The Real Reason Women In Taiwan Are Wearing Plastic Bags

7-11平價時尚,原來是這意思?(扒頭)

Posted by 李阿肯 on Wednesday, August 26, 2015
It seems like the Internet can't go a day without discovering — or making up? — viral trends from Asia. After news headlines about China's bellybutton challenge and heart-shaped bangs in Korea, people are getting themselves in a tizzy over the latest fad from Taiwan: making leotards out of plastic bags.

According to a write-up in the Daily Mail, women in Taiwan are eagerly sporting convenience store bags to make a fashion statement. The news quickly caught the attention of BuzzFeed and Cosmopolitan. While these outlets didn't hesitate to call the phenomenon "crazy" and "weird," none of them provide an explanation of the trend's origin.

Call us plastic bag truthers, but we're determined to get to the bottom of this. According to CK101, a Taiwanese gossip portal, two models named Teddy Captain and Belle Xie started the trend when they tried on the bags to see if their entire torsos would fit. The photos were picked up by a popular Facebook discussion group, and it all snowballed from there. A wave of imitators clearly did so with a sense of humor; they joked about this being a great way to save a buck on clothes and help the environment. One Chinese commenter joked that the popularity of the stunt is a reflection of Taiwan's weak economy.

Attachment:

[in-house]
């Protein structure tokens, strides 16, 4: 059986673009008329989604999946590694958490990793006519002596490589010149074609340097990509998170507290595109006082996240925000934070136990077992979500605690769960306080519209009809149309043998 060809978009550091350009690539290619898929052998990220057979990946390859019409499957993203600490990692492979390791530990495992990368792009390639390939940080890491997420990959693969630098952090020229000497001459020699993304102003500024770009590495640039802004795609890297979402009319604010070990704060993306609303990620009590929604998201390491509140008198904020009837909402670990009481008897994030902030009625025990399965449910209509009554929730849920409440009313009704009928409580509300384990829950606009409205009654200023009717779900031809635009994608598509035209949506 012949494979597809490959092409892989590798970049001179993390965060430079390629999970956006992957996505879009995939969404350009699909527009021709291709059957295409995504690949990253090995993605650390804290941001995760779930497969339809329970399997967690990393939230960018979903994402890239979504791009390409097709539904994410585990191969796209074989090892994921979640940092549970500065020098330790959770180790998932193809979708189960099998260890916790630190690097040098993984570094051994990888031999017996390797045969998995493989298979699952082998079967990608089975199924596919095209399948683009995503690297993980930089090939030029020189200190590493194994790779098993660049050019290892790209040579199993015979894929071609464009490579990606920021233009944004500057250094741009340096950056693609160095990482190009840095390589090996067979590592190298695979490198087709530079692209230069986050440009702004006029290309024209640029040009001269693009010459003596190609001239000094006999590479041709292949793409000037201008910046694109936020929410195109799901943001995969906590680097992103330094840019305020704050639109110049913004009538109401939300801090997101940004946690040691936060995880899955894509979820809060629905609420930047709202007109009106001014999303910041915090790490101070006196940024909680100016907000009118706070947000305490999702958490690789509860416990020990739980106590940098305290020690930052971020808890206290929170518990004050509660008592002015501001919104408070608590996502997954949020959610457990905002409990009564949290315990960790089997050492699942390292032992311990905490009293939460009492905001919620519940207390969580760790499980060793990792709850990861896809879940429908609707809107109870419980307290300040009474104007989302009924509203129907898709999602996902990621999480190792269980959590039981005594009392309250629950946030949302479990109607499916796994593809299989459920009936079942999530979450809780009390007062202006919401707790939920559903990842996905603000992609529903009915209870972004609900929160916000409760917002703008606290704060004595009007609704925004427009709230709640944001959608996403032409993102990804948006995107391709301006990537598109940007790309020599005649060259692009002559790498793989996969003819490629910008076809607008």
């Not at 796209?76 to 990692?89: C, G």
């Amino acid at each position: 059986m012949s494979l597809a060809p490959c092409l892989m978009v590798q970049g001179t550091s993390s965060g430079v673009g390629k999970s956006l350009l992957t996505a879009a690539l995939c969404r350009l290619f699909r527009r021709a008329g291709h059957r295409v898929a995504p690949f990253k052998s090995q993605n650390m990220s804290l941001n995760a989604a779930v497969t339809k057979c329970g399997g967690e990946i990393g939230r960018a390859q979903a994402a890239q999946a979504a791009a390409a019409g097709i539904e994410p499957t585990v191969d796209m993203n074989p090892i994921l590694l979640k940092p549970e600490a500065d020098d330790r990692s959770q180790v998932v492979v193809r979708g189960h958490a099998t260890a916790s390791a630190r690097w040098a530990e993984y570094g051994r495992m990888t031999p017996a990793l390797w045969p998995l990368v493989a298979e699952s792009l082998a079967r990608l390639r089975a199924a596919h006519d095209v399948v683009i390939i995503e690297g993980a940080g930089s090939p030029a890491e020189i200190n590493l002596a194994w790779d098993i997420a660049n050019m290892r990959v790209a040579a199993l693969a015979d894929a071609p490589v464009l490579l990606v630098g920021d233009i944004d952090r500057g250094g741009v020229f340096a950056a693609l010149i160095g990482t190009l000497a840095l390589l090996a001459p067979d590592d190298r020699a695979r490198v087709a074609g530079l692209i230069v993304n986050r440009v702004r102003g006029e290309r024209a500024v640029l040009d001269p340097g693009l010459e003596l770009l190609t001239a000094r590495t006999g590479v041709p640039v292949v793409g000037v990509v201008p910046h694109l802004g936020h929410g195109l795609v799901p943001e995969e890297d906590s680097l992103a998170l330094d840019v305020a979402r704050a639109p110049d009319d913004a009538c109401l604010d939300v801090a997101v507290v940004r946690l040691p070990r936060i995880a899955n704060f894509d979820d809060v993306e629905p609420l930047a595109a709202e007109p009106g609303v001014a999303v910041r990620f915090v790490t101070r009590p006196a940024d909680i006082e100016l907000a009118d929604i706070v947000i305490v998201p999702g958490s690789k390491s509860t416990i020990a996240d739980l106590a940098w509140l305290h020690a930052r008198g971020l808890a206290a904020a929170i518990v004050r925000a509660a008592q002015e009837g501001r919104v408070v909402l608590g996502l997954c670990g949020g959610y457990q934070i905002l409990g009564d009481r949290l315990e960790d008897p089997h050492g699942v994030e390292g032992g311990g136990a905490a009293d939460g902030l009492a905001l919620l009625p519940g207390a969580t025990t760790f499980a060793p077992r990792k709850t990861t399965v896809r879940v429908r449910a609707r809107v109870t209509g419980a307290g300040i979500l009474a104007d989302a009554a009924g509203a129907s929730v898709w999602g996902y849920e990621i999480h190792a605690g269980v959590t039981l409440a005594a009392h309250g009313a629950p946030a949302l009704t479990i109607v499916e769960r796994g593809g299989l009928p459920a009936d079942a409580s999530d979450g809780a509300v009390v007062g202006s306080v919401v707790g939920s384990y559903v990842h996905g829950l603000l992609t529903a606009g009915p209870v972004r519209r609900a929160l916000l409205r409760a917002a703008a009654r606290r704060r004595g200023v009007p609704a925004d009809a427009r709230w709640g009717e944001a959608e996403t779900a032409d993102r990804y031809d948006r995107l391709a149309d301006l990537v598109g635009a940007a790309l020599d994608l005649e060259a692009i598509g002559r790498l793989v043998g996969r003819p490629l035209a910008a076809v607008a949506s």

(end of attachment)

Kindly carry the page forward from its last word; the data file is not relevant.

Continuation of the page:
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要多多使用環保購物袋唷 <3

Posted by 泰迪酋長(Teddy Captain) on Wednesday, August 26, 2015
It's important to know that the women who have embraced this fad are "pseudo-models," amateurs who appear at technology expos and promotional events. To accumulate fans on social media, these women often post risqué photos to garner media buzz, and a skimpy, plastic leotard is definitely one way to do it.

The point is that the reality behind this so-called trend isn't quite the "social media sensation" some Western outlets were hoping for. Moreover, Taiwanese netizens are crying foul on a photo the Daily Mail chose to illustrate the article. The image shows two plastic bag-clad men sitting on a curb, which actually came from a completely unrelated Korean TV show.
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